Your book is brilliant. Polished perfection.

You’ve slaved over every word. You’ve edited it mercilessly and packed it up with an eye-catching cover and captivating blurb.

You’ve posted and promoted on Facebook and Twitter. You’ve done author interviews and added a free opt-in to your website to build your email list.

So where are the influx of readers? Why aren’t you getting more sales for your books?  It’s beyond frustrating. What can you do? Is there a way to reach more readers? Where are they?

There is a smarter way to be marketing your work – and it comes down to knowing your ideal reader.

Defining your ideal reader means knowing who they are, where they are found (online and off) and what content interests them. Knowing what your readers want means that you can promote your book in ways that best appeal to them instead of pushing out promotional content to an empty void. The better you know your readers and what appeals to them, the more successful your book marketing will be.

So where to begin? No doubt you’ve already looked over articles before telling you to niche it down to demographics and interests. We are going to take that one step further. I want you to think of one person that loves your books. That’s right, one person. It’s best if you can make it a real-life person (it could be an acquaintance, co-worker or a friend) but if you can’t think of anyone in your circle try to form an image of who this person is. For those already published think of a loyal fan who buys and voraciously reads every book you write (and no, your mom or any other family member doesn’t count here). If you are unpublished think of one person who would purchase and read your future book.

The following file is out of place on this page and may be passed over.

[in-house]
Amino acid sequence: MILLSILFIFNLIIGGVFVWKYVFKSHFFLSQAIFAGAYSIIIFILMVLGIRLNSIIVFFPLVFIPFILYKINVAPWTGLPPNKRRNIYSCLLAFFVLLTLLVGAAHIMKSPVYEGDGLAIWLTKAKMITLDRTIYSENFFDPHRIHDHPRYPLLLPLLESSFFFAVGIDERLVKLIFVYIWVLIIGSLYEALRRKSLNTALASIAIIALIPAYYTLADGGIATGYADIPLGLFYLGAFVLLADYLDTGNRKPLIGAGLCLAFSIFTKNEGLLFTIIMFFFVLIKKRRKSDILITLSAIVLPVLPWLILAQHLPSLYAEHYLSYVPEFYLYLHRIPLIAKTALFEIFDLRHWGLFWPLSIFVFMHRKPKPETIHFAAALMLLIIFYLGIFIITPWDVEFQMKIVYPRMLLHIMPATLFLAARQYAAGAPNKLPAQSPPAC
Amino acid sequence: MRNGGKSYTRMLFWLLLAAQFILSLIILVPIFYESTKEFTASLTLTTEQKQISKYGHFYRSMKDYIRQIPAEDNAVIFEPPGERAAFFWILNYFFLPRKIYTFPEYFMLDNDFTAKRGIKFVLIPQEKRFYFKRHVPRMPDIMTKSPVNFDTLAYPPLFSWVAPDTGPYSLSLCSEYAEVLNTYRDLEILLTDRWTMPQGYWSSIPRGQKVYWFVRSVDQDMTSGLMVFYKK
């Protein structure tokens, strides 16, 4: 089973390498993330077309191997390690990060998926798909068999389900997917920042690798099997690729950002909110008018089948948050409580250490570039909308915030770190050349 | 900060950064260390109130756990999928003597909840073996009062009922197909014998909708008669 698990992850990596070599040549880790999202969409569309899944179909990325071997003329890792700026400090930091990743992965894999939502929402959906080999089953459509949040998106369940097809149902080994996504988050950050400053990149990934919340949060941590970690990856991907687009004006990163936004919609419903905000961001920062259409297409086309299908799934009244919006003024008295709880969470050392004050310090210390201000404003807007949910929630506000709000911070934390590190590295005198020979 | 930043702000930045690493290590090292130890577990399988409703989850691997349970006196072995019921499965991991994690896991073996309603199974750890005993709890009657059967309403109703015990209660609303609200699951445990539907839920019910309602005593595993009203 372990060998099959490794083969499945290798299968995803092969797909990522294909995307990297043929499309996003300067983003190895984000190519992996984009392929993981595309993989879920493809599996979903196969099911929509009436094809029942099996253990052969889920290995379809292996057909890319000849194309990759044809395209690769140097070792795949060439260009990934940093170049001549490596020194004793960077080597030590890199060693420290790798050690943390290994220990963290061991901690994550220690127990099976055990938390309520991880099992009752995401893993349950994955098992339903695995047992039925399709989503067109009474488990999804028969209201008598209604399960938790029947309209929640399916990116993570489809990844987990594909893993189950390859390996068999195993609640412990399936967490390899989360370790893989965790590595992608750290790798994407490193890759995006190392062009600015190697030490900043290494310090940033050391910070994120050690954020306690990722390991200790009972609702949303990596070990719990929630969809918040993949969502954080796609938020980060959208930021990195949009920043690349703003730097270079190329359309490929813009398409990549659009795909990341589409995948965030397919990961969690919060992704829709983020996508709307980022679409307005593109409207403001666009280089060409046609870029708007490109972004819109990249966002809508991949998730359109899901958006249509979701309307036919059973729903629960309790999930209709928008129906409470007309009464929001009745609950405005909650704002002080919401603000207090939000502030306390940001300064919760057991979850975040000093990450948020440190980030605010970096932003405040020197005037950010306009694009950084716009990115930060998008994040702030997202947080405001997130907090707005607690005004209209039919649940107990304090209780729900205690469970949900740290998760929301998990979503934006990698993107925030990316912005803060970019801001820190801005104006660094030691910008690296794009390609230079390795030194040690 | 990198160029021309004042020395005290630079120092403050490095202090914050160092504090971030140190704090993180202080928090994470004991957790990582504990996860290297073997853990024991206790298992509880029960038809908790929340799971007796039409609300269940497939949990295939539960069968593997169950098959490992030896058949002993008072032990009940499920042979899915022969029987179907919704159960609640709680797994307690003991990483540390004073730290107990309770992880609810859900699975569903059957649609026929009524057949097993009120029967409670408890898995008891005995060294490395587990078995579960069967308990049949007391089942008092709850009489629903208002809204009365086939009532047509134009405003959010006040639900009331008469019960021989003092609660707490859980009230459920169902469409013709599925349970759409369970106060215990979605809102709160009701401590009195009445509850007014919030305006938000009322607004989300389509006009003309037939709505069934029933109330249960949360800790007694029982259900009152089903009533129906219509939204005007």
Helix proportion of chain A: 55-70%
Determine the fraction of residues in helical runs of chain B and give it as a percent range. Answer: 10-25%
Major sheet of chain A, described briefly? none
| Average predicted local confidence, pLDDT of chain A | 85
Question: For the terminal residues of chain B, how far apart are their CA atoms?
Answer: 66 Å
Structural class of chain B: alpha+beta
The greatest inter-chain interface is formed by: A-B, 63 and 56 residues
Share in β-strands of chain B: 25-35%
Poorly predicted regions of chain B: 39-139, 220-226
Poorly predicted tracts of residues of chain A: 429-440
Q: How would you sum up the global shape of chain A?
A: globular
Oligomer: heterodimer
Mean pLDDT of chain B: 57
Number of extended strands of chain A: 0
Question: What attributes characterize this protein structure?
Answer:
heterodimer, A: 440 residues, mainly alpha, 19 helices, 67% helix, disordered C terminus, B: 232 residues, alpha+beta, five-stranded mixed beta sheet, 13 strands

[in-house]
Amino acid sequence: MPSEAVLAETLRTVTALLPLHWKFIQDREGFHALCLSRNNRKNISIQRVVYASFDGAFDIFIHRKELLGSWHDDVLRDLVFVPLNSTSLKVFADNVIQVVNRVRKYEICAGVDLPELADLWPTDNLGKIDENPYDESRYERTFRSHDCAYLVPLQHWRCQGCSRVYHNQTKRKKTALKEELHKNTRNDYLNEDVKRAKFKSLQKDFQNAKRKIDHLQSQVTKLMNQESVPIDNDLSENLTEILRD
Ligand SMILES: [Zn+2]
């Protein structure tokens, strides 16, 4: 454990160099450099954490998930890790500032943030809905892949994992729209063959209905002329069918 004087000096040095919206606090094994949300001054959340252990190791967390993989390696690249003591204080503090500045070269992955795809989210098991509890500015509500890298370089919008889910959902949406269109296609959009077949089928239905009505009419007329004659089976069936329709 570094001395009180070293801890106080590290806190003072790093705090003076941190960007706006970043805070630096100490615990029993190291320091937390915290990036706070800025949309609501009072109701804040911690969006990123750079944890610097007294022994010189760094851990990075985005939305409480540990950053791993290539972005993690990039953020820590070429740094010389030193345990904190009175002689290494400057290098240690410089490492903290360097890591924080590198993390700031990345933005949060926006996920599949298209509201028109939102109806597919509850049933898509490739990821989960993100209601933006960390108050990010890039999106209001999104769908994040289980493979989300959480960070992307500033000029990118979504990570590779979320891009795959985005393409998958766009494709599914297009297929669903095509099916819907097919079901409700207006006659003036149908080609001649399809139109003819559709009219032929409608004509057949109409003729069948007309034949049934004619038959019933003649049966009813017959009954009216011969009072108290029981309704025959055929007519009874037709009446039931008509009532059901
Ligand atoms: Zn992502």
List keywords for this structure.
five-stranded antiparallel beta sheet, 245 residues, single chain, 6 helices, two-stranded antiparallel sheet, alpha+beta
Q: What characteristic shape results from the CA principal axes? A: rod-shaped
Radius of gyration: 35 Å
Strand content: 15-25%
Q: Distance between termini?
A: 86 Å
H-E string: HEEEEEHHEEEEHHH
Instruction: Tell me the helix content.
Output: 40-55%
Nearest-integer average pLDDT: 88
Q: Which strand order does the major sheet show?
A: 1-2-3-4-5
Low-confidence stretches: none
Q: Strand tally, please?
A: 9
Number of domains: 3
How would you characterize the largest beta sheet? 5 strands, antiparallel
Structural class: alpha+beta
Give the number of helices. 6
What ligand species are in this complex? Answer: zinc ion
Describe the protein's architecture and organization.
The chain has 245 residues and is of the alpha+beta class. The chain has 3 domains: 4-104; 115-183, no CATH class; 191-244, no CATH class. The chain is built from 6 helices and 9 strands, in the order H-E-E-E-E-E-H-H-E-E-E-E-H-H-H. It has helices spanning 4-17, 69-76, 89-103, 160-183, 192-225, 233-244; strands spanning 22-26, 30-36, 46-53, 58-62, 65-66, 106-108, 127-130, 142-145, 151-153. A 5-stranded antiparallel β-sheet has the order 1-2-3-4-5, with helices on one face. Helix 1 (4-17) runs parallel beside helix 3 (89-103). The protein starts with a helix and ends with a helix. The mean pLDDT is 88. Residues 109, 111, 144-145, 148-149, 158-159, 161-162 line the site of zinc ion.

Once you have that person in mind I want you to get really clear on how they think. Ask yourself, why would this person purchase my book? What is about my book that appeals to them? What is about your book that this person is going to love? What is going to keep them turning pages and purchase all your future publications?

Write out a list of everything your book provides this reader. This might be escapism, an adrenaline rush, knowledge or romance. What themes does your book cover? If it is a non-fiction what problems does it solve? How do you walk your readers through the problem-solving process?

Now we’ll take this one step further, looking at how your reader will purchase and read your book. How do you picture your ideal reader purchasing your book? How will they find your book? What is it about the cover that will catch their eye? What is it about your blurb that convinces them to buy your book? Where are they when they purchase your book? How are they finally convinced to buy it? Finally, will they read it fast or slowly? How would you like them to feel when they finish reading your book? Think of where this person hangs out on online and offline. Which social media platforms are they on? Are they more likely to spend their time posting pictures to Instagram or Facebook? What groups do they belong to? What types of online content could you offer that would be of interest to them? What other books are they reading? Look at your genre and the types of readers that enjoy this genre. Why do they enjoy this genre? What related content could you produce to attract your ideal reader? If you write across several genres focus on your writing style or key themes throughout your work. Why are these themes appealing to your reader?

Your book might cover several target markets but we are going to concentrate on only one ideal reader and shape everything around the preferences of this person. This doesn’t mean your marketing won’t appeal to several groups. It just means you’ll have a focused approach throughout your promotions. You are never writing for everyone. Your book has an intended target market, an intended reader. By trying to appeal to everyone you’ll create more work for yourself and miss out on cultivating a loyal reader following in your niche.